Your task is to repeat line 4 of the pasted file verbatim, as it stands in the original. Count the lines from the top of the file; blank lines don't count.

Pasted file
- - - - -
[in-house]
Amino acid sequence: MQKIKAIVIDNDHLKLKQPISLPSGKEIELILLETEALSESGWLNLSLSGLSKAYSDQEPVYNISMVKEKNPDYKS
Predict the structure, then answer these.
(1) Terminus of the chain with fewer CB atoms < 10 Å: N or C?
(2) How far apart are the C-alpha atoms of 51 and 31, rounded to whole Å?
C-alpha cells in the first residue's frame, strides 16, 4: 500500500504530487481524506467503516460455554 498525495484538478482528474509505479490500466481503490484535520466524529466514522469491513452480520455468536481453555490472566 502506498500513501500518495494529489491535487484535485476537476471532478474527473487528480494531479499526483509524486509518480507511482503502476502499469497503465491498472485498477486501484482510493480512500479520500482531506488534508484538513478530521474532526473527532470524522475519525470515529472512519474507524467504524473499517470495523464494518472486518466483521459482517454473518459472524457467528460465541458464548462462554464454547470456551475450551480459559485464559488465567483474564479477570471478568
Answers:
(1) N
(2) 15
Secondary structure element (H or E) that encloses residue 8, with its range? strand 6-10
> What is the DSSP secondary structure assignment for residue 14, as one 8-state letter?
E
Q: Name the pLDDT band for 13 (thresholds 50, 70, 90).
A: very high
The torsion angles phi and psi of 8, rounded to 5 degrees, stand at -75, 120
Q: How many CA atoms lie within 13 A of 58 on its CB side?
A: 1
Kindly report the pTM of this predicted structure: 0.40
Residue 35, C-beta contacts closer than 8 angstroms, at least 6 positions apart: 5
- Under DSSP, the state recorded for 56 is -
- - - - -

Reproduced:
(1) Terminus of the chain with fewer CB atoms < 10 Å: N or C?